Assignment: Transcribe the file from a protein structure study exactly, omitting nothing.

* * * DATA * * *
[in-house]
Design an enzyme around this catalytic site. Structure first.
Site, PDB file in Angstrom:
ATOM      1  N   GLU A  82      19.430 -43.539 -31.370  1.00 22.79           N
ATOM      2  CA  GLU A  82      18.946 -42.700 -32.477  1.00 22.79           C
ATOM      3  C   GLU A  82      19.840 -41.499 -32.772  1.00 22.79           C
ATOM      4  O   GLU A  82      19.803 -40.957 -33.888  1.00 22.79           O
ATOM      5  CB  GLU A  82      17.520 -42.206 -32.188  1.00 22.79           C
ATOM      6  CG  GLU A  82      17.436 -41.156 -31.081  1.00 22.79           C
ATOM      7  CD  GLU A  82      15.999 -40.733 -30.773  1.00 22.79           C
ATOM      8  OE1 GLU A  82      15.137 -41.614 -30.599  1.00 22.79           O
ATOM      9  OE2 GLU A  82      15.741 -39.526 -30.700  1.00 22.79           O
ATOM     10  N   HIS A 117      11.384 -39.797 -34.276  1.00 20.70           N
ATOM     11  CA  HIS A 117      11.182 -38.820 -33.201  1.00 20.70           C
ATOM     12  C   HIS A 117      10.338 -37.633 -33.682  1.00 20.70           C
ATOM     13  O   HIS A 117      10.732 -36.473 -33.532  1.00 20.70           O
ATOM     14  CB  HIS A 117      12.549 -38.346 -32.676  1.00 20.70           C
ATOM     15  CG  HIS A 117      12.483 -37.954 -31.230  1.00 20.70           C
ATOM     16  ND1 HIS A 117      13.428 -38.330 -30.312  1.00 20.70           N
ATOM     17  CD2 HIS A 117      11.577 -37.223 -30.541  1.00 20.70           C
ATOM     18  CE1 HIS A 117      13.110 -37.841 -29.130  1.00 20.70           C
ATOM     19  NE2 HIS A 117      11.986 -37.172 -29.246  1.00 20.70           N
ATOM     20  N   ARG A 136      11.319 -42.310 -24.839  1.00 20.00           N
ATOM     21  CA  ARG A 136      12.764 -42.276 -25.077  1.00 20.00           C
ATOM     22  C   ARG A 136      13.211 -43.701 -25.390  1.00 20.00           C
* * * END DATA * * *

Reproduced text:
[in-house]
Design an enzyme around this catalytic site. Structure first.
Site, PDB file in Angstrom:
ATOM      1  N   GLU A  82      19.430 -43.539 -31.370  1.00 22.79           N
ATOM      2  CA  GLU A  82      18.946 -42.700 -32.477  1.00 22.79           C
ATOM      3  C   GLU A  82      19.840 -41.499 -32.772  1.00 22.79           C
ATOM      4  O   GLU A  82      19.803 -40.957 -33.888  1.00 22.79           O
ATOM      5  CB  GLU A  82      17.520 -42.206 -32.188  1.00 22.79           C
ATOM      6  CG  GLU A  82      17.436 -41.156 -31.081  1.00 22.79           C
ATOM      7  CD  GLU A  82      15.999 -40.733 -30.773  1.00 22.79           C
ATOM      8  OE1 GLU A  82      15.137 -41.614 -30.599  1.00 22.79           O
ATOM      9  OE2 GLU A  82      15.741 -39.526 -30.700  1.00 22.79           O
ATOM     10  N   HIS A 117      11.384 -39.797 -34.276  1.00 20.70           N
ATOM     11  CA  HIS A 117      11.182 -38.820 -33.201  1.00 20.70           C
ATOM     12  C   HIS A 117      10.338 -37.633 -33.682  1.00 20.70           C
ATOM     13  O   HIS A 117      10.732 -36.473 -33.532  1.00 20.70           O
ATOM     14  CB  HIS A 117      12.549 -38.346 -32.676  1.00 20.70           C
ATOM     15  CG  HIS A 117      12.483 -37.954 -31.230  1.00 20.70           C
ATOM     16  ND1 HIS A 117      13.428 -38.330 -30.312  1.00 20.70           N
ATOM     17  CD2 HIS A 117      11.577 -37.223 -30.541  1.00 20.70           C
ATOM     18  CE1 HIS A 117      13.110 -37.841 -29.130  1.00 20.70           C
ATOM     19  NE2 HIS A 117      11.986 -37.172 -29.246  1.00 20.70           N
ATOM     20  N   ARG A 136      11.319 -42.310 -24.839  1.00 20.00           N
ATOM     21  CA  ARG A 136      12.764 -42.276 -25.077  1.00 20.00           C
ATOM     22  C   ARG A 136      13.211 -43.701 -25.390  1.00 20.00           C